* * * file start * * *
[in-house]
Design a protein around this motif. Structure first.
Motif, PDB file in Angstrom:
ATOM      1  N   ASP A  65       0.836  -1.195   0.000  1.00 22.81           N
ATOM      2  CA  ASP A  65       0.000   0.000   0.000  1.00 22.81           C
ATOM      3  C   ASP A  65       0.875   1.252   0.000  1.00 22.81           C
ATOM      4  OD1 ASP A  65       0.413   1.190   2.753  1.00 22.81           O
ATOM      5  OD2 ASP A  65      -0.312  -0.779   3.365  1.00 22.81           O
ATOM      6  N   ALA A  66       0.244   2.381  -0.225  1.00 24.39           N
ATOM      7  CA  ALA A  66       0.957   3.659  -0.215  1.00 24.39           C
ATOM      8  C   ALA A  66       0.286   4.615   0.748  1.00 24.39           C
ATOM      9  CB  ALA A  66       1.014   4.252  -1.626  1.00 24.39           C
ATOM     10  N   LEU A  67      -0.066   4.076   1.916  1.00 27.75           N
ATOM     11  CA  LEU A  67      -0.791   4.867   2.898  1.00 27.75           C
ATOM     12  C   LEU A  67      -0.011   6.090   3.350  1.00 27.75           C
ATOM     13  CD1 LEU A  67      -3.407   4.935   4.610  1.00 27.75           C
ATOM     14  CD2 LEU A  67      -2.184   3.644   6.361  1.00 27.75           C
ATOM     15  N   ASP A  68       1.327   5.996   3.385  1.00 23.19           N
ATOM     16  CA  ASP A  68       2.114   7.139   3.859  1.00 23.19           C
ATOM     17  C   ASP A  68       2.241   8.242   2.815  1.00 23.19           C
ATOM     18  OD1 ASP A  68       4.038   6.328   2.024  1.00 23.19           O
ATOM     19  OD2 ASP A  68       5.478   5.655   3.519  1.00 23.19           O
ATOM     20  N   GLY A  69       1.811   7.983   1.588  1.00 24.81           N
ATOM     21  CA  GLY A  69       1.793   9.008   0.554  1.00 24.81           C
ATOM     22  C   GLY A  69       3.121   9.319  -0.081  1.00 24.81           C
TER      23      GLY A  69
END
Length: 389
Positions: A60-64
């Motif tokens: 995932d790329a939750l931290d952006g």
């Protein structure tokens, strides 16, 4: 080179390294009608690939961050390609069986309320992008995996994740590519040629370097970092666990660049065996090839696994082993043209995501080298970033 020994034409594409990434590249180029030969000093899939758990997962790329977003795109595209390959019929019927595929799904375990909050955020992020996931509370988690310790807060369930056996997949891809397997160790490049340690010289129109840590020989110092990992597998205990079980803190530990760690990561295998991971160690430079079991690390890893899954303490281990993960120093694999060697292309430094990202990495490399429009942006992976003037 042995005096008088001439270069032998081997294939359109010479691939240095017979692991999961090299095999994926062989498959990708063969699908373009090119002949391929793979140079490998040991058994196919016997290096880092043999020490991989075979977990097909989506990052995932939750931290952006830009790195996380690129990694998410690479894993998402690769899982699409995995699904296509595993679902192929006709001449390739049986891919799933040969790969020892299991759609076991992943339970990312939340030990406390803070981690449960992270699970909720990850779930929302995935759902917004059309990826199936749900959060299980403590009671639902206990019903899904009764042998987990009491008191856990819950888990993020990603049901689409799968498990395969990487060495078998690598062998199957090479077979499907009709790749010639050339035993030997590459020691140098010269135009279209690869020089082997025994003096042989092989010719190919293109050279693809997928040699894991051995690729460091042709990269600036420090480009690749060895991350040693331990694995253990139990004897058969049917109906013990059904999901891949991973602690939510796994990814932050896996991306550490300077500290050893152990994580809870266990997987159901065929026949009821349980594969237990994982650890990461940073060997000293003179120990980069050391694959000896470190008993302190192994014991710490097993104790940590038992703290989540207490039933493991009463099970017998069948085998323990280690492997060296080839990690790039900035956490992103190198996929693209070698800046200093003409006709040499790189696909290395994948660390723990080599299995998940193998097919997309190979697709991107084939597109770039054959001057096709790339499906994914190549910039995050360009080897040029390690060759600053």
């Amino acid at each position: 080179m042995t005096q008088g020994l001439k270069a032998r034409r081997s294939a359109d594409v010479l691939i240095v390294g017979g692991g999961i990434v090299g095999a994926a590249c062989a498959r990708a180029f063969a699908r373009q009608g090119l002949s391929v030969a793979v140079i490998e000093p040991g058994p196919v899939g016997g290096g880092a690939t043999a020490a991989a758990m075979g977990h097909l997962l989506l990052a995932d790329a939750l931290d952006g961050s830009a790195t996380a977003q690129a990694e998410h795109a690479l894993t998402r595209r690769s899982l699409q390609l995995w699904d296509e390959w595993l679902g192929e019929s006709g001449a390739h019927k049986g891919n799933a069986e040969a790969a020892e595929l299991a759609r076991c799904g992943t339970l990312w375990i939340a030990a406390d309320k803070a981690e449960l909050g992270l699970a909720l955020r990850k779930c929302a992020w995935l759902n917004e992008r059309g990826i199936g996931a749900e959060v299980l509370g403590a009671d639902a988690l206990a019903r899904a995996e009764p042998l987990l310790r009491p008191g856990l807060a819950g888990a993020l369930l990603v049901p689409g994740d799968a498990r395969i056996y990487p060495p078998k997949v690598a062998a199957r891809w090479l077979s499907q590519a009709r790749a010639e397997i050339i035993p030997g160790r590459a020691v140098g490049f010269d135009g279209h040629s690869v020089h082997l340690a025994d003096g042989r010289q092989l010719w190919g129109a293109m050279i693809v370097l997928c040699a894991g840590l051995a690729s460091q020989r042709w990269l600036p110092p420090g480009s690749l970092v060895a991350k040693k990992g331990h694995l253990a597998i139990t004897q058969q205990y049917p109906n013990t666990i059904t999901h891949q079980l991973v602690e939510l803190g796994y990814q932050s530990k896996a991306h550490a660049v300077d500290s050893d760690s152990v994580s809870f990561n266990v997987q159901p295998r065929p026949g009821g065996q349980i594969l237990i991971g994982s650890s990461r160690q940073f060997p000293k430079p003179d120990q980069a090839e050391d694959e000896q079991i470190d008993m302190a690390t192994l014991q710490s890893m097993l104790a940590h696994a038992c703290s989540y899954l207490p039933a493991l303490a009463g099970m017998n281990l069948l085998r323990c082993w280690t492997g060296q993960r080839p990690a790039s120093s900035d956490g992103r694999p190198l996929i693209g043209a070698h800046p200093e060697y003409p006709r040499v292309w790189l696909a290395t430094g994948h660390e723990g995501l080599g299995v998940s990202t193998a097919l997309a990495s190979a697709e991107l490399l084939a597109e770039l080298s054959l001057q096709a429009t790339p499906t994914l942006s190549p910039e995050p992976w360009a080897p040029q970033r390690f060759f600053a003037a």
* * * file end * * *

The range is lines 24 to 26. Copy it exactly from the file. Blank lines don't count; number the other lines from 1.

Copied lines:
ATOM     21  CA  GLY A  69       1.793   9.008   0.554  1.00 24.81           C
ATOM     22  C   GLY A  69       3.121   9.319  -0.081  1.00 24.81           C
TER      23      GLY A  69